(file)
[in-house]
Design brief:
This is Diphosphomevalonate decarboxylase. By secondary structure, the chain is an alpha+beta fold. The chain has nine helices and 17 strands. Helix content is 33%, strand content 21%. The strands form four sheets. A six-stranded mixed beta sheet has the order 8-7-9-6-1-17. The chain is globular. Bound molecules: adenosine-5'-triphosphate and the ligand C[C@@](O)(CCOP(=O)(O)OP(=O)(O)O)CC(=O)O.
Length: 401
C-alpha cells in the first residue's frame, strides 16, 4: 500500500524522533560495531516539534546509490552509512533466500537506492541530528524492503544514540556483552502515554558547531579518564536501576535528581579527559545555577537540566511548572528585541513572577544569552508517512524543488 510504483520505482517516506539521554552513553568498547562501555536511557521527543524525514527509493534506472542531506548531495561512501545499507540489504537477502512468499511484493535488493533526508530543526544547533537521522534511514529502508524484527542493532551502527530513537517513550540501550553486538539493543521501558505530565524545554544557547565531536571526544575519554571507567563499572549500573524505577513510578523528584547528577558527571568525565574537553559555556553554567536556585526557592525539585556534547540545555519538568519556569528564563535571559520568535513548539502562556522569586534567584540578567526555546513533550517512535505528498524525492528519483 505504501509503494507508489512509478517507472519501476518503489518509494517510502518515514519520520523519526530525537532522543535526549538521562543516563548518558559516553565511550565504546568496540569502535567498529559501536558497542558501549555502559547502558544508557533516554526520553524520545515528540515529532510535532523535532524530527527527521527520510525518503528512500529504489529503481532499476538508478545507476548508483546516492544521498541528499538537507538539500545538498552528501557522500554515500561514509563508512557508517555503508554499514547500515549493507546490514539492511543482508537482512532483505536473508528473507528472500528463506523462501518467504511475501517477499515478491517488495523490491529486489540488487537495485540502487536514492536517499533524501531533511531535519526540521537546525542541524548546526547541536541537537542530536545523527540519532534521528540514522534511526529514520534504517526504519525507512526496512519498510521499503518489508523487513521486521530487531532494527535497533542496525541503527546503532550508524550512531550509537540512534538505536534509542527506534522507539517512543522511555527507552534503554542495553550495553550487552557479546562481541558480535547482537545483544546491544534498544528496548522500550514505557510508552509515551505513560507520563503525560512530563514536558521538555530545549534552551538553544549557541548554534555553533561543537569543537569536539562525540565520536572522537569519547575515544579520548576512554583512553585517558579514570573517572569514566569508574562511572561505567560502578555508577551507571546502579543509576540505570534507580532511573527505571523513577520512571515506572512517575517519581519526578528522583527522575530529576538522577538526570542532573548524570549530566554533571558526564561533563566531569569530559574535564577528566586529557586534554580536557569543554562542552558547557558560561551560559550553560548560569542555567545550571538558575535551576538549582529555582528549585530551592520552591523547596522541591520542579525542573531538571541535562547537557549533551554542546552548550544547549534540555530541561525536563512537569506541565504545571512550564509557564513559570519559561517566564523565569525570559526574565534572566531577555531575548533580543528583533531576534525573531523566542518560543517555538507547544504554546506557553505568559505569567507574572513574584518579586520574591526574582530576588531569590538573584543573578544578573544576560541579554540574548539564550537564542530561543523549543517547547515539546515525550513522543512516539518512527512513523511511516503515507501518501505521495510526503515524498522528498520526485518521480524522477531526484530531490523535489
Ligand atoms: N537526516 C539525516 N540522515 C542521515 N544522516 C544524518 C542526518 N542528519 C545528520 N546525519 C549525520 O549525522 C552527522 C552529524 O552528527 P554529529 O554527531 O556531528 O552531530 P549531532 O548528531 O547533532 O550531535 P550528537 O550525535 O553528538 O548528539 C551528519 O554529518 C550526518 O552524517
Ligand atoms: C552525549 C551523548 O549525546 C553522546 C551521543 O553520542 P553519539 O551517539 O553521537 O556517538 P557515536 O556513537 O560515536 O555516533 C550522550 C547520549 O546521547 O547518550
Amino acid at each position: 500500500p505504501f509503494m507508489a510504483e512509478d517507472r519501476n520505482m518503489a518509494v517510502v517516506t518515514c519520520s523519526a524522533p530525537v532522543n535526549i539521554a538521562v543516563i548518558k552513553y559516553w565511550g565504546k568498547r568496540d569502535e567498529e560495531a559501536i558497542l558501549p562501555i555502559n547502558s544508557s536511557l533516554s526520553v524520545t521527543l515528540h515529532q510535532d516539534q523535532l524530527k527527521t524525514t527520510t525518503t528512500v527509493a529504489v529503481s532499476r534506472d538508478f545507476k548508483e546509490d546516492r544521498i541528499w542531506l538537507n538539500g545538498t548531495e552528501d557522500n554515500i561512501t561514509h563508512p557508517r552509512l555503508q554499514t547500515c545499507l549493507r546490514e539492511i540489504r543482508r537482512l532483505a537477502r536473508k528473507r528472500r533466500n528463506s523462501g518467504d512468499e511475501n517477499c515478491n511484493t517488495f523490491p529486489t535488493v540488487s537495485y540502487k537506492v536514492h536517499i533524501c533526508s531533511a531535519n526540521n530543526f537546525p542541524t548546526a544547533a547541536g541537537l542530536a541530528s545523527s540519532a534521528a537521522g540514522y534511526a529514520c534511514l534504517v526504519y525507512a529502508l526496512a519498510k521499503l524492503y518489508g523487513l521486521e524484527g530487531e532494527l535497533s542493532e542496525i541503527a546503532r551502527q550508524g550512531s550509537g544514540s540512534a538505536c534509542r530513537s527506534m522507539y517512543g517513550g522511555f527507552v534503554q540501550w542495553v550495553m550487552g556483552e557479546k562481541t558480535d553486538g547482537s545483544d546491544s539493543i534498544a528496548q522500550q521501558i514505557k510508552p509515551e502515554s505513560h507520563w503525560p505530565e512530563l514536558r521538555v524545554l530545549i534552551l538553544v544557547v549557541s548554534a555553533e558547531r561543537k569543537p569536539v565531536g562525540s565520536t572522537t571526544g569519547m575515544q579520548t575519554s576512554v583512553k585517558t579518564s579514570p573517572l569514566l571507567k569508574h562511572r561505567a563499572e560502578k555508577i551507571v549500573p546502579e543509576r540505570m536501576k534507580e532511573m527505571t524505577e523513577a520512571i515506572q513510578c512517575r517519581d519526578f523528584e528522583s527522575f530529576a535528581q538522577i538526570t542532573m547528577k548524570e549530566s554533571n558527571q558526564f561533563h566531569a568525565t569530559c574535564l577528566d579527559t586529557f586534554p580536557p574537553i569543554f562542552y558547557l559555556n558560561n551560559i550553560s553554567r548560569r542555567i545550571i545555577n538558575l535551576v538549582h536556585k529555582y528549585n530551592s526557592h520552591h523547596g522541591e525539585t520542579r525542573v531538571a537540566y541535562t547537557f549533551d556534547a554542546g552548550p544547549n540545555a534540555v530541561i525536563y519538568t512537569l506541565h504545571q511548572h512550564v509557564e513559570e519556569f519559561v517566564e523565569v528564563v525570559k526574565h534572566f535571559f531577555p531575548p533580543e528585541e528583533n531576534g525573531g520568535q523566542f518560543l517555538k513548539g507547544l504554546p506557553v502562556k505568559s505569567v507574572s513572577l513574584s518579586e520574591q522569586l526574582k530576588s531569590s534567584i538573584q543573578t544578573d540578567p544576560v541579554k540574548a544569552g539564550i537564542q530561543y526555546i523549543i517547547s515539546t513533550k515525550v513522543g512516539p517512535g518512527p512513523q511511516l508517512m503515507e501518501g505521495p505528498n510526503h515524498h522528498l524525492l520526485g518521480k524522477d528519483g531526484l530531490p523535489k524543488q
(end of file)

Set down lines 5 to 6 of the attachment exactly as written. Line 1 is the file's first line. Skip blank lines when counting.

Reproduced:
C-alpha cells in the first residue's frame, strides 16, 4: 500500500524522533560495531516539534546509490552509512533466500537506492541530528524492503544514540556483552502515554558547531579518564536501576535528581579527559545555577537540566511548572528585541513572577544569552508517512524543488 510504483520505482517516506539521554552513553568498547562501555536511557521527543524525514527509493534506472542531506548531495561512501545499507540489504537477502512468499511484493535488493533526508530543526544547533537521522534511514529502508524484527542493532551502527530513537517513550540501550553486538539493543521501558505530565524545554544557547565531536571526544575519554571507567563499572549500573524505577513510578523528584547528577558527571568525565574537553559555556553554567536556585526557592525539585556534547540545555519538568519556569528564563535571559520568535513548539502562556522569586534567584540578567526555546513533550517512535505528498524525492528519483 505504501509503494507508489512509478517507472519501476518503489518509494517510502518515514519520520523519526530525537532522543535526549538521562543516563548518558559516553565511550565504546568496540569502535567498529559501536558497542558501549555502559547502558544508557533516554526520553524520545515528540515529532510535532523535532524530527527527521527520510525518503528512500529504489529503481532499476538508478545507476548508483546516492544521498541528499538537507538539500545538498552528501557522500554515500561514509563508512557508517555503508554499514547500515549493507546490514539492511543482508537482512532483505536473508528473507528472500528463506523462501518467504511475501517477499515478491517488495523490491529486489540488487537495485540502487536514492536517499533524501531533511531535519526540521537546525542541524548546526547541536541537537542530536545523527540519532534521528540514522534511526529514520534504517526504519525507512526496512519498510521499503518489508523487513521486521530487531532494527535497533542496525541503527546503532550508524550512531550509537540512534538505536534509542527506534522507539517512543522511555527507552534503554542495553550495553550487552557479546562481541558480535547482537545483544546491544534498544528496548522500550514505557510508552509515551505513560507520563503525560512530563514536558521538555530545549534552551538553544549557541548554534555553533561543537569543537569536539562525540565520536572522537569519547575515544579520548576512554583512553585517558579514570573517572569514566569508574562511572561505567560502578555508577551507571546502579543509576540505570534507580532511573527505571523513577520512571515506572512517575517519581519526578528522583527522575530529576538522577538526570542532573548524570549530566554533571558526564561533563566531569569530559574535564577528566586529557586534554580536557569543554562542552558547557558560561551560559550553560548560569542555567545550571538558575535551576538549582529555582528549585530551592520552591523547596522541591520542579525542573531538571541535562547537557549533551554542546552548550544547549534540555530541561525536563512537569506541565504545571512550564509557564513559570519559561517566564523565569525570559526574565534572566531577555531575548533580543528583533531576534525573531523566542518560543517555538507547544504554546506557553505568559505569567507574572513574584518579586520574591526574582530576588531569590538573584543573578544578573544576560541579554540574548539564550537564542530561543523549543517547547515539546515525550513522543512516539518512527512513523511511516503515507501518501505521495510526503515524498522528498520526485518521480524522477531526484530531490523535489
Ligand atoms: N537526516 C539525516 N540522515 C542521515 N544522516 C544524518 C542526518 N542528519 C545528520 N546525519 C549525520 O549525522 C552527522 C552529524 O552528527 P554529529 O554527531 O556531528 O552531530 P549531532 O548528531 O547533532 O550531535 P550528537 O550525535 O553528538 O548528539 C551528519 O554529518 C550526518 O552524517